Another day, another lesson, then what?

di Priscilla Pajdo del January 15, 2021

TORONTO - Time stands still for no one. Not even for Covid-19. The hope is that further lockdowns and restrictions will not have a negative impact on student learning. At least the lockdowns do not apply to remote-learning.

To help curb the transmission of the deadly virus, students within the hardest-hit regions of the province will not return to in person learning on January 25, as previously planned. Until at least February 10, students will continue with remote-learning within the regions of Toronto, Peel, York, Hamilton and Windsor-Essex.

It is still unknown what the long-term effects of school closures and remote-learning models will have on student learning and academic achievement.

In previous editions, we explored school performance and how different school boards stack up against each other, specifically the English-Public Board and the English-Catholic Board in the city of Toronto and the Region of Peel. For this edition, the focus is the third largest school board in Ontario.

That is, the York Region District School Board (YRDSB) which servers over 128,000 students in 180 elementary schools and 33 secondary schools across the region.

The area encompasses nine regional municipalities: Aurora, East Gwillimbury, Georgina, Markham, Newmarket, Richmond Hill, Vaughan, Whitchurch- Stouffville and King Township.

Naturally, education is an important part of life. Every parent wishes to provide their child with the best education and choose the best institution to help achieve that goal. The Fraser Institute provides a list of Ontario schools and ranks their performance on a scale from zero to ten. The standardized EQAO (Education Quality and accountability Office) assessment results are a factor in calculating the metrics for their list.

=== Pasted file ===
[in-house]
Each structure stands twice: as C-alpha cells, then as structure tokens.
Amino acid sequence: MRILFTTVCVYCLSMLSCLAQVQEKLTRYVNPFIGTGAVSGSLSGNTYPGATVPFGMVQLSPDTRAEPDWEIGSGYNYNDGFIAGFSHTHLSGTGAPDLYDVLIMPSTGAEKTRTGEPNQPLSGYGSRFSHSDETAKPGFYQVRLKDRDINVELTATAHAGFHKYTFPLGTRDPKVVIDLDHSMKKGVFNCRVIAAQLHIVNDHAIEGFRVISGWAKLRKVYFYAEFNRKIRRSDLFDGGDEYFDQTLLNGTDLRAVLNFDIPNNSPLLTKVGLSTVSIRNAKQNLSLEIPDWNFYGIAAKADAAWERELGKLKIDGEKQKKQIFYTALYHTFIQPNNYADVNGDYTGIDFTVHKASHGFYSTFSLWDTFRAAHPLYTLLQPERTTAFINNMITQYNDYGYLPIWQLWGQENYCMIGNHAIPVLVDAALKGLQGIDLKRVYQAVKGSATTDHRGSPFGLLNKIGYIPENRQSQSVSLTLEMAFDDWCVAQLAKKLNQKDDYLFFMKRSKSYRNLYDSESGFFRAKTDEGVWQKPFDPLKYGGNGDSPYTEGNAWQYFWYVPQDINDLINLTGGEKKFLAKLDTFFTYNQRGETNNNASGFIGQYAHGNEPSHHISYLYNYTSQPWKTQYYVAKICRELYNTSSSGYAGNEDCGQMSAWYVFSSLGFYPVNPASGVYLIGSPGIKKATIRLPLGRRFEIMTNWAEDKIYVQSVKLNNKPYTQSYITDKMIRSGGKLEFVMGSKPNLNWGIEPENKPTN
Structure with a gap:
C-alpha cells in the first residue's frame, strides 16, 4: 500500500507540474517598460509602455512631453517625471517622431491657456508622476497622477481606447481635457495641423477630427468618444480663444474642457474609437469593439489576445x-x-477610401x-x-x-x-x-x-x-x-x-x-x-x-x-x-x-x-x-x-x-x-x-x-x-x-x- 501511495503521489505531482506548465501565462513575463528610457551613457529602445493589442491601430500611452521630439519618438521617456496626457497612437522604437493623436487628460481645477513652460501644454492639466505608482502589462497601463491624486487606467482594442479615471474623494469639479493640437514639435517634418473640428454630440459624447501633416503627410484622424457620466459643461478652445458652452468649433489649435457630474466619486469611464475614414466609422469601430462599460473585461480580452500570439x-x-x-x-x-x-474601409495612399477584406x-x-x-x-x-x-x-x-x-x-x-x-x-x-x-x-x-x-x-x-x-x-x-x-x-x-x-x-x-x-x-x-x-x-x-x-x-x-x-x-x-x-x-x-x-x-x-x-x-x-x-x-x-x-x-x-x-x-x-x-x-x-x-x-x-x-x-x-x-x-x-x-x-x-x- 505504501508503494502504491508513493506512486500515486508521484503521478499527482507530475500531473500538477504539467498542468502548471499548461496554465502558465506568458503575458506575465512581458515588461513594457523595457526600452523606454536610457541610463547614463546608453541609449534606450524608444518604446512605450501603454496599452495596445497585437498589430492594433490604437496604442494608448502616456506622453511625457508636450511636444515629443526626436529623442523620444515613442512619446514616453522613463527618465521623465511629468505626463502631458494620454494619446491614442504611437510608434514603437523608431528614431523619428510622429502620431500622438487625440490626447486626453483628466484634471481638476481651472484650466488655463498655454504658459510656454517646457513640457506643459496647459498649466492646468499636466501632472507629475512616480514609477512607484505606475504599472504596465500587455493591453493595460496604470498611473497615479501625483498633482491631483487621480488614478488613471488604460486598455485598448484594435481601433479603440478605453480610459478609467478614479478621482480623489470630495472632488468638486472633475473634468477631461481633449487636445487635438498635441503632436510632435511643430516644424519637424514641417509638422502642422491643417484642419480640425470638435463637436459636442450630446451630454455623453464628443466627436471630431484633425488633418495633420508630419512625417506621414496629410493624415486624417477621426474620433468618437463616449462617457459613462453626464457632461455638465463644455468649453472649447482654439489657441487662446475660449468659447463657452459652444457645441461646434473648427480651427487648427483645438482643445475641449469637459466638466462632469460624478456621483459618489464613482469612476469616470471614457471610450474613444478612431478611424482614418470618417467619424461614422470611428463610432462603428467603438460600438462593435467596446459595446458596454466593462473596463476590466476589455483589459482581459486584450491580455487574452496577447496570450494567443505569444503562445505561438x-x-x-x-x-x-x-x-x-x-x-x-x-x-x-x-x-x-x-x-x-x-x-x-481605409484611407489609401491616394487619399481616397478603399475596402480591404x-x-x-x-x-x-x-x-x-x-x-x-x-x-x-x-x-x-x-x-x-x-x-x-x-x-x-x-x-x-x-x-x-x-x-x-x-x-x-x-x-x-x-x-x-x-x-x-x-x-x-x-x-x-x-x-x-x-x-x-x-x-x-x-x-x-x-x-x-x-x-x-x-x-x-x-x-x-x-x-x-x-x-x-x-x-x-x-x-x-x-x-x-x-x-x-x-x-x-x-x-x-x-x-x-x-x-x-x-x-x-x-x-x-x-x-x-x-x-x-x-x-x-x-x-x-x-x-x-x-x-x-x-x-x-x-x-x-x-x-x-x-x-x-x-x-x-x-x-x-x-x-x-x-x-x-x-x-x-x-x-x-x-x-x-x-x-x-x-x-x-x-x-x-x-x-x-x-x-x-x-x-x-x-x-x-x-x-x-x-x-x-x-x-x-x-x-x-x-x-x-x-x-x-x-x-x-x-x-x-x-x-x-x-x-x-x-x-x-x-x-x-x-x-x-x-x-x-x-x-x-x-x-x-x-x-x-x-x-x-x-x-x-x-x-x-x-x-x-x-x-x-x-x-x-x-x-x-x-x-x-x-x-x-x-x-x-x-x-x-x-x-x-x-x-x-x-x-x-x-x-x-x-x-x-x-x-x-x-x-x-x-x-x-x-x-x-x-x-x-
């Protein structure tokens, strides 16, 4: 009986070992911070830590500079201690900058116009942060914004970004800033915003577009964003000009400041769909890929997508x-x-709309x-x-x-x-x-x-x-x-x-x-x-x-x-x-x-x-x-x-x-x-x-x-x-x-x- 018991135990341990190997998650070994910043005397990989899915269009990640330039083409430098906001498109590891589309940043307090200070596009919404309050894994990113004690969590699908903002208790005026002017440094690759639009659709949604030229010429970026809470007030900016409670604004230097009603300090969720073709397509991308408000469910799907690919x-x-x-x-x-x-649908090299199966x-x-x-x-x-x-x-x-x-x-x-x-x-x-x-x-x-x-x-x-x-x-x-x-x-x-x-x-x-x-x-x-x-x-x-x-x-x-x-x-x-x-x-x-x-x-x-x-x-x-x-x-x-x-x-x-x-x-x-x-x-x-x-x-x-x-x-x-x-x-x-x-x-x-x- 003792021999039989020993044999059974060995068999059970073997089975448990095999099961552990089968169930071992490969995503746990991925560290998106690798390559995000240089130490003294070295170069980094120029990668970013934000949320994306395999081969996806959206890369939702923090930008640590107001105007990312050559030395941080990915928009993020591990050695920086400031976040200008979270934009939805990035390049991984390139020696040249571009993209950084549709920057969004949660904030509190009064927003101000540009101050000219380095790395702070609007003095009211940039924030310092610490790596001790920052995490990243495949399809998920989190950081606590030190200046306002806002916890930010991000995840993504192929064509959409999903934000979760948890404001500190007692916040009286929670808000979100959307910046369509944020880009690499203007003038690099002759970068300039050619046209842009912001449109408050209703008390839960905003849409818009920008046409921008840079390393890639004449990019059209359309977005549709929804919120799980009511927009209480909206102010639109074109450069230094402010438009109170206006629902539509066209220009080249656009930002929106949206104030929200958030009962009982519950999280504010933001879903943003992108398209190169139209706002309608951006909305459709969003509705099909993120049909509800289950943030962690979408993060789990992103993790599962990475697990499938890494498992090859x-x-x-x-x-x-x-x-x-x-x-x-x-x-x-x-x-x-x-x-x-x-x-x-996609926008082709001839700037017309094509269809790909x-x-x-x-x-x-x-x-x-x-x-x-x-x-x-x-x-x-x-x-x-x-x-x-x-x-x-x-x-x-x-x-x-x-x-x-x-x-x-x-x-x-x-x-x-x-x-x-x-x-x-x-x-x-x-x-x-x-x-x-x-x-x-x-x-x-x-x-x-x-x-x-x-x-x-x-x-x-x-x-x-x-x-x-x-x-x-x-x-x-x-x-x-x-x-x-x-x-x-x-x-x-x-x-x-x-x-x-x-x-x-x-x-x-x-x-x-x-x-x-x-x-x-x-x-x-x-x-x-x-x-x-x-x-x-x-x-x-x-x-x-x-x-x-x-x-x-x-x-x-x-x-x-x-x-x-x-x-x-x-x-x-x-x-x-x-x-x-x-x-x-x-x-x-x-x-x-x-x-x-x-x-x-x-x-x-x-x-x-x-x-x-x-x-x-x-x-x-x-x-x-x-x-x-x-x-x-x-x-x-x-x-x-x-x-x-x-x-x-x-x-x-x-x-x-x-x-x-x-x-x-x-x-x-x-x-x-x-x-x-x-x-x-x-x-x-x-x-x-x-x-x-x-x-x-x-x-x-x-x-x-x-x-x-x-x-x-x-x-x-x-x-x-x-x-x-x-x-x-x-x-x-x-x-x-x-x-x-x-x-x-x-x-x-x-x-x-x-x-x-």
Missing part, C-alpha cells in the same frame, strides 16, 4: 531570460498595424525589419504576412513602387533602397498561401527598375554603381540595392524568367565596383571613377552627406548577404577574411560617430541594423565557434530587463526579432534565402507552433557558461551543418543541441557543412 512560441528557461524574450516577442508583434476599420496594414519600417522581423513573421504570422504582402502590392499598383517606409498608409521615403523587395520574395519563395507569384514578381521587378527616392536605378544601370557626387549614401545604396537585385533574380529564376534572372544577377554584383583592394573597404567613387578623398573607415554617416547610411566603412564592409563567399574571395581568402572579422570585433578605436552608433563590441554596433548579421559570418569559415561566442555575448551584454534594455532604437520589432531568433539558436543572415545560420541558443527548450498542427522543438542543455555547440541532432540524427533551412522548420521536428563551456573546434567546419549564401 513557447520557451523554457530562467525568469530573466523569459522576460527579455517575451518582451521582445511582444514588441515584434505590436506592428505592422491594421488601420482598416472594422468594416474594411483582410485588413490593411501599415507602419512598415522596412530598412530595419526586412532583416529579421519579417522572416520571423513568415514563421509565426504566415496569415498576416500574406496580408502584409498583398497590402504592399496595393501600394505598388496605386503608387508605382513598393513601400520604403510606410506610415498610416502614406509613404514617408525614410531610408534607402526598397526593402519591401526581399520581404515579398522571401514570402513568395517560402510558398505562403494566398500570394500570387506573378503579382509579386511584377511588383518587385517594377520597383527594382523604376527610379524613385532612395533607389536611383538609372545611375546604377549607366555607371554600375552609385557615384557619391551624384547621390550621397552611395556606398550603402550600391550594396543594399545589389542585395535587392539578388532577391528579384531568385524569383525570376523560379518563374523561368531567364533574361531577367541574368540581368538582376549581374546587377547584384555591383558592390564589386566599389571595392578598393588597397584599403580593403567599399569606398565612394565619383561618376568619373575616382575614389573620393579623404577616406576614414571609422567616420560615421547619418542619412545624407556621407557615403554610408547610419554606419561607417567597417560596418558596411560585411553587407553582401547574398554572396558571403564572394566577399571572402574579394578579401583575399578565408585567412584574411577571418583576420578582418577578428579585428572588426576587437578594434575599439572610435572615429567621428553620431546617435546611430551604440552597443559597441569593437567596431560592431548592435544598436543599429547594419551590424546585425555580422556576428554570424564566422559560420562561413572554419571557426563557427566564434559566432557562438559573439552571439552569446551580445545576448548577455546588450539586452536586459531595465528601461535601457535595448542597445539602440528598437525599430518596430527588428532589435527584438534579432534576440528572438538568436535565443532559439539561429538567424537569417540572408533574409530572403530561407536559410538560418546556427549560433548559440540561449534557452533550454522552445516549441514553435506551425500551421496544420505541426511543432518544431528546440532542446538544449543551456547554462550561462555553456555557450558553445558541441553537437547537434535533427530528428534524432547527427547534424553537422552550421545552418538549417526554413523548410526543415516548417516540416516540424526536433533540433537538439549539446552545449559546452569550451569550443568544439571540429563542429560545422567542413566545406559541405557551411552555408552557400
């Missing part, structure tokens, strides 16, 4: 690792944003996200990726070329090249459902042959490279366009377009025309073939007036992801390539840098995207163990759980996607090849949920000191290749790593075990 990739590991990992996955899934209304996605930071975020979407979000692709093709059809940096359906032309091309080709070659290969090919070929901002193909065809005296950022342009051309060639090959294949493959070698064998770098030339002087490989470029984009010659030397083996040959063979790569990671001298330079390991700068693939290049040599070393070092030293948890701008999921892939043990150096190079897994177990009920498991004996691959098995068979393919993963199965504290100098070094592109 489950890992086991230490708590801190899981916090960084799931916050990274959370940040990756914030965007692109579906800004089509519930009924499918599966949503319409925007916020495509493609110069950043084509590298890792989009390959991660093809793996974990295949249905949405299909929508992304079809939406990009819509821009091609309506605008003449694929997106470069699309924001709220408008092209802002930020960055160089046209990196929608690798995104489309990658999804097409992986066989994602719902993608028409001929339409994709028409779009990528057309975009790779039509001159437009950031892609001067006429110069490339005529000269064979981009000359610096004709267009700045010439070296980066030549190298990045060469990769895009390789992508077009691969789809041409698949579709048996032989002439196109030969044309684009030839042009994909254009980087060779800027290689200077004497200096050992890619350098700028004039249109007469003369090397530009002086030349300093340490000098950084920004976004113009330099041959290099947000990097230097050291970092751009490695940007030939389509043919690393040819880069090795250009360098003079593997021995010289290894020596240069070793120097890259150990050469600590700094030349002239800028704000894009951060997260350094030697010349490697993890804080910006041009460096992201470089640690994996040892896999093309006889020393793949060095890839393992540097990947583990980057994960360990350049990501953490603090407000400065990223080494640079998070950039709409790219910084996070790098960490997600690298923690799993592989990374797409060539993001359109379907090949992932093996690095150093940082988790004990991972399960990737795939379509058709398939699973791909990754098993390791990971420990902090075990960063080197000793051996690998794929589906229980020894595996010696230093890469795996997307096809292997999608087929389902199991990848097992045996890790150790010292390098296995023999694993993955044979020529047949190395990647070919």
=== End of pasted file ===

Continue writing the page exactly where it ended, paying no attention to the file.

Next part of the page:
Throughout the province, the YRDSB is one of the top achieving boards. Student academic results in reading, writing and mathematics are consistently strong and well above the Provincial average. The strength in student achievement scores is portrayed in the 84% of elementary schools at the YRDSB that rate above the acceptable performance outcomes, an average value of six for all schools. Sixteen percent fall just below that average value (graph 1).

Likewise, student achievement scores at the York Catholic District School Board (YCDSB) are well above the provincial average. The increase ranges from 7-13 percentage points among all three indicators at the elementary level. The YCDSB serves nearly 53,000 students in 85 elementary schools and 16 secondary schools throughout the region. In the 2018-2019 academic year, 80 elementary school placed favourably on the Fraser Institute’s list (graph 2).

In our series coverage among the six school boards in Ontario, the YCDSB achieves the greatest percentage of elementary schools (89%) that rate above the all schools average. Although that may seem cause for celebration, 11% of schools fall below the average standard of six.

Covid-19 has created a significant impact on both societal and educational fronts. It may appear that some schools in certain regions may be better equipped to provide students with different programs and learning opportunities.

For at least another month, as we continue “stay-at-home” to socially distance and mitigate the spread of the virus, students and families have no choice but to adapt to a prolonged virtual model of learning. It may be some time before students can return to a safe and enriching school environment. Until then, the hope is that the learning gap between vulnerable students and their peers does not widen further.

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